This book examines tax incentives for investors in start-up companies through a critical analysis of Australia's early-stage investors (ESI) program, and a comparison of that program with the United Kingdom's Seed Enterprise Investment Scheme (SEIS) upon which it is loosely modelled. It discusses the importance of innovation and the special role that venture capital plays in supporting start-ups, and explains the policy rationale for introducing the ESI program as well as dissecting its technical requirements in detail. Special attention is devoted to the program's 'early stage' and 'innovation' requirements, which are crucial for determining whether a start-up qualifies for the tax incentives. The book is the first in-depth scholarly legal analysis of the ESI program and the first occasion it has been compared and contrasted with a foreign program. The comparative discussion of the ESI program with the SEIS program enables the authors to make suggestions for reforms to the ESI program so that it can better achieve its policy objectives. The fact that the book includes reform suggestions makes it particularly interesting for policy makers. It is also of broad relevance to legal and finance scholars and students as well as entrepreneurs, angels, venture capitalists and their advisors.
Protect your clients' assets and shield their estates from increased taxation brought about by changing tax laws. This book can help you to understand the tax obligations of trusts and estates and how these obligations affect beneficiaries. It provides exercises and examples that reflect the calculation and allocation of taxable income and its presentation on the appropriate forms. In addition, you will also learn how to prepare federal Form 1041, US Income Tax Return for Estates and Trusts. Key topics covered include: How are trusts and estates taxed under the internal revenue code? What is a trust? What is a "simple trust?" What is a "complex trust?" How is the "income" of a trust or estate defined for tax purposes? What are the ordinary deductions and credits allowed? How is the "deduction for distributions" to beneficiaries determined? How are trust and estate beneficiaries taxed? What is a "grantor trust" and how is it taxed? How to prepare Form 1041.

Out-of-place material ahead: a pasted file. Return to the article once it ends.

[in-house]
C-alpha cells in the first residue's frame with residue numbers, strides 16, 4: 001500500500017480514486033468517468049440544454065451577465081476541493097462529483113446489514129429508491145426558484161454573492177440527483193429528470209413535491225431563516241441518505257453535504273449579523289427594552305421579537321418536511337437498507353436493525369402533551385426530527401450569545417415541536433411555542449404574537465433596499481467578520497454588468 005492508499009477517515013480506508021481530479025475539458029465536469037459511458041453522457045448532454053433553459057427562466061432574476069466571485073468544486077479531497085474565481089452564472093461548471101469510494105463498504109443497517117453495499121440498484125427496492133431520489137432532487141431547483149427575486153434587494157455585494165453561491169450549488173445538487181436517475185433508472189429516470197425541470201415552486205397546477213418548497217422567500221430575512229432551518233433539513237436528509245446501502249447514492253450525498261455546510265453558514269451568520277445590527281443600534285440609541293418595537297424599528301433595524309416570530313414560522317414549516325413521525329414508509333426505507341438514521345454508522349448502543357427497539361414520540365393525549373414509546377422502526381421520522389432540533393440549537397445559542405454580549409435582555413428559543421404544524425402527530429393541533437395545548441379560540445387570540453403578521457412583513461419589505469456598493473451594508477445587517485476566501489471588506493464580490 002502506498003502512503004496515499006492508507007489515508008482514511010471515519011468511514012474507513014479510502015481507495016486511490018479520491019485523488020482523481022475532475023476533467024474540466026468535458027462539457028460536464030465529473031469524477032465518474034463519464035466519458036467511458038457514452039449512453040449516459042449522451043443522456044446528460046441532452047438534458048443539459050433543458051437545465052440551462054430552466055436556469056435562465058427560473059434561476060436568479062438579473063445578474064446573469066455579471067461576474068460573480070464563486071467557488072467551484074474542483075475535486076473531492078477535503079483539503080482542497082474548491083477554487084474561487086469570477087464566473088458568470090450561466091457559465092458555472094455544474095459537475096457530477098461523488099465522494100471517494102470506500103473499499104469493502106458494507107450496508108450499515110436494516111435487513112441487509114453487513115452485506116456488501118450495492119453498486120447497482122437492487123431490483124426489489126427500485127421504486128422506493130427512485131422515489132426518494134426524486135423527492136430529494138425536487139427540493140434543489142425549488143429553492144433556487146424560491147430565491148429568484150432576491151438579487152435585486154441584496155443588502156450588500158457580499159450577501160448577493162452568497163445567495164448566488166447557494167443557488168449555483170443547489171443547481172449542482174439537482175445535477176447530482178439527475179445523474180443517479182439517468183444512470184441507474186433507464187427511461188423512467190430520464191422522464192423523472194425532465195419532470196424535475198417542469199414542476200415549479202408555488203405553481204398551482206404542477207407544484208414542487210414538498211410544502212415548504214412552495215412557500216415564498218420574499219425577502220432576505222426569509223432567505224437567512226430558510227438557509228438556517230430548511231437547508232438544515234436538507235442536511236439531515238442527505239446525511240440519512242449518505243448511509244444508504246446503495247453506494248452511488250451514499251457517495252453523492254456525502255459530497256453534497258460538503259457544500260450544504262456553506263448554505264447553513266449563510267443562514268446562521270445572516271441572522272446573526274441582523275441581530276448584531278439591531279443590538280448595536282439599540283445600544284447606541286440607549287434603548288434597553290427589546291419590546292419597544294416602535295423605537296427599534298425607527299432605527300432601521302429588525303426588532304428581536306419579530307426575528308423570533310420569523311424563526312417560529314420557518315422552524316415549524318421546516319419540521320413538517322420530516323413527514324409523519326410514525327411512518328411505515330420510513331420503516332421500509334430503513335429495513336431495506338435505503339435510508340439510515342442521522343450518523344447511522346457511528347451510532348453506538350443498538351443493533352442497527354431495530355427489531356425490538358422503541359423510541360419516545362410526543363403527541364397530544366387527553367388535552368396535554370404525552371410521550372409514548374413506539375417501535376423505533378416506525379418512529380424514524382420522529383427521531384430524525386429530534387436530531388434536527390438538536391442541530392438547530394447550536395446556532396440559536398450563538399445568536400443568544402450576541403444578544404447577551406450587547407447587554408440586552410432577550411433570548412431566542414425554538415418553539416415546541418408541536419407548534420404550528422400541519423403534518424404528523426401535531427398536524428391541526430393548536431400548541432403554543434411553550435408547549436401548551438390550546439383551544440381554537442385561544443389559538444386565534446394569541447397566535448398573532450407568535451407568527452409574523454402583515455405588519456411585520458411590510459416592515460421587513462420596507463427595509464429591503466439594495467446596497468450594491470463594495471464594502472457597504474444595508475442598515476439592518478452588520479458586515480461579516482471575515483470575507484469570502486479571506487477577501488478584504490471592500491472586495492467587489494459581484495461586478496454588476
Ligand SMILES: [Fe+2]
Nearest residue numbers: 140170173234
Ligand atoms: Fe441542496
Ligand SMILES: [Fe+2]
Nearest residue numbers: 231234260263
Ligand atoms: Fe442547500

This volume presents five new studies on current topics in taxation and government spending. Mark Shepard, Katherine Baicker, and Jonathan Skinner explore implementation aspects of a Medicare-for-All program, which provides a uniform health insurance benefit to everyone, and contrast it with a program providing a basic benefit that can be supplemented voluntarily. John Beshears, James Choi, Mark Iwry, David John, David Laibson, and Brigitte Madrian examine the design and feasibility of firm-sponsored "rainy day funds," short-term savings accounts for employees that can be used when faced with temporary periods of high expenditure. Robert Barro and Brian Wheaton investigate the impact of taxation on choice of corporate form, on the formation and legal structure of new businesses, and indirectly on productivity in the economy. Jonathan Meer and Benjamin Priday examine the impact of the 2017 federal income tax reform, which reduced marginal tax rates and the incentive for charitable giving, on such giving. Finally, Casey Mulligan analyzes the impact of the Affordable Care Act on whether firms employ fewer than 50 employees, the employment threshold below which they are exempt from the requirement to provide health insurance to their employees.